By Ava Jacobs:
I feel that the majority of women married to service members have experienced at least one incident. An incident that rocks your world, shakes you to the core, and often times makes you wonder why he is still in this line of work. Such incidents serve as a reminder to me, a wife of a man who is lovingly devoted to this great nation, that we live in an extremely privileged world. This country provides those who live here with freedoms, safety, luxuries, and beauty which much of the world could never dream of knowing. Incidents, like the ones I refer to, make you wonder how such evil exists in this world while also unveiling the hardness of the real world in all its beauty and all its evil. It becomes real because you can see it on your husband’s face, hear it in his voice, and feel the loss of something in his words.
The spring and summer trips, as we call them, or deployments are always the worst for me. More action, more close calls, more extremists coming out of hiding after a cold winter of planning. Spring and summer are the fighting season and the seasons when I get fewer calls at our regular times and more emails saying he will not be in his room to call me on a given day or night because he has “work to do”. These are the trips where I always cling to God the most, knowing the likelihood of something happening is far greater than the others. These trips are when the incidents always occur.
The first incident occurred in early summer, just shy of two years into our marriage. In reality, likely not the first close call, but the first one that my husband felt a need to share with me. It was a day like any other, I was at home with our two month old on a beautiful warm afternoon, when I got a call from Mike not at our usual time. He seemed off, exhausted and yet very wired. Not something I often see from him. We had a conversation, per usual of I miss you and I love you, but he ended with “I am glad I got to talk to you, I wasn’t sure if you would be around.” Not a phrase he used often and paired with the unusual time of the call something hit me after we hung up with, “I am just ready to come home.” I called him back immediately, maybe from sleep deprivation or because this type of call had not happened yet, I did not initially realize something was awry. When I called back I asked him if he wanted to see his son and we could talk more if he wanted. He said “yes, I do” to both and began crying, always a silent cry, where tears stream down his face, his eyes turn red, and pain paralyzes my heart because he is a world away and I can do nothing to console him besides sit in front of the computer and talk.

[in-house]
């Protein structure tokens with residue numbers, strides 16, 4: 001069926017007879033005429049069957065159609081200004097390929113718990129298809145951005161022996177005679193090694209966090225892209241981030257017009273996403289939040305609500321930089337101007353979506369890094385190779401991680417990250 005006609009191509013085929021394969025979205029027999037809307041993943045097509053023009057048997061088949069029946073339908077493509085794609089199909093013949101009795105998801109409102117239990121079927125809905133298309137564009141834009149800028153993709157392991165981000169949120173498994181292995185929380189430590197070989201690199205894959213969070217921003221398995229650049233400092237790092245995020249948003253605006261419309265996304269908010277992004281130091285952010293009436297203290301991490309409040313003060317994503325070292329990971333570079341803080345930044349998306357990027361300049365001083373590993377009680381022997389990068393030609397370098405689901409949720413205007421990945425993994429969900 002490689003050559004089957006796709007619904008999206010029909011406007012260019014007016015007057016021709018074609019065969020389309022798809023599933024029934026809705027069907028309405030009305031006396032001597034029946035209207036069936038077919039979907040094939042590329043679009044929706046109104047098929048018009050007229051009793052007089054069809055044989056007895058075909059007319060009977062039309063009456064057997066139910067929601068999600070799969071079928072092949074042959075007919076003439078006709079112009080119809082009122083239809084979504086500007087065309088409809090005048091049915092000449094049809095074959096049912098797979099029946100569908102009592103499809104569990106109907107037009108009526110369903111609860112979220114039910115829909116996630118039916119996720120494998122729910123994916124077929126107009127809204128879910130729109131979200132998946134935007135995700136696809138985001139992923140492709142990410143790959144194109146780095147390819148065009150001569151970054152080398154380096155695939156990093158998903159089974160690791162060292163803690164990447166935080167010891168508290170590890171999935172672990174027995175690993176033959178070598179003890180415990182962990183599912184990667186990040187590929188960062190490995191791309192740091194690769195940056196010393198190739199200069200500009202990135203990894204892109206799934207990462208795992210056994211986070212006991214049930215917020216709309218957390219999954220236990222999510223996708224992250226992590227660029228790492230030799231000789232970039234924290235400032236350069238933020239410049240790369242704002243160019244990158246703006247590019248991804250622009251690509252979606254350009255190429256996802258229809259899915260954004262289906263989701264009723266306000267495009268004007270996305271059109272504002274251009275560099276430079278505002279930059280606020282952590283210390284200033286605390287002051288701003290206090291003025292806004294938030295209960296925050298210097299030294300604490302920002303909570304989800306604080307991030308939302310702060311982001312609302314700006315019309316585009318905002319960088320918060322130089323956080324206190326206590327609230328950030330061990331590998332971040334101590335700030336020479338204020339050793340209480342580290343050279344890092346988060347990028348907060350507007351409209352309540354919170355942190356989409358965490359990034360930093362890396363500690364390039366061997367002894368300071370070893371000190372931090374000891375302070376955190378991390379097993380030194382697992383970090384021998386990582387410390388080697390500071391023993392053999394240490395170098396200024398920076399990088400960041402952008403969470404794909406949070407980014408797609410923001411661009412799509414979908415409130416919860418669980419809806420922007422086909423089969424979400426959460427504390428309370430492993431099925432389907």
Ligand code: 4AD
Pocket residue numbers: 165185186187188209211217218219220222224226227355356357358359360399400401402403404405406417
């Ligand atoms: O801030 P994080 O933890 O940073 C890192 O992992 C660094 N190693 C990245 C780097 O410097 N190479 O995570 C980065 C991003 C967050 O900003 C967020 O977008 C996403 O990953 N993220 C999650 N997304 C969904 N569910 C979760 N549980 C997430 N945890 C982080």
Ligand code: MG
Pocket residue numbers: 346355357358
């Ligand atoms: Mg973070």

The incidents that happen, the psychological, emotional, and physical tolls taken on men, on warriors, is not to be dismissed because they are men, they are trained and they are strong. These men, need strong women, women of faith, love, kindness, and respect to remind them that war is not everywhere. War happens and yet, there is love and light, there is a safe place to be upset and to mourn and grieve over such evil in the world. It only takes one incident to change any family’s entire world, to bring death closer than a family ever imagined or trauma into our life forever. I try to remind myself as a wife, that I need to be his light and the extension of God’s love here on earth, for he sees more evil than I could ever dream and he eats the sin, death and evil a world away so we do not have to lay witness to it at our front door.
“Put on the full armor of God, so that you can take your stand against the devil’s schemes”
Ava Jacobs is an OpsLens Contributor and the spouse of a U.S. Air Force Veteran and former CIA counterterrorism official.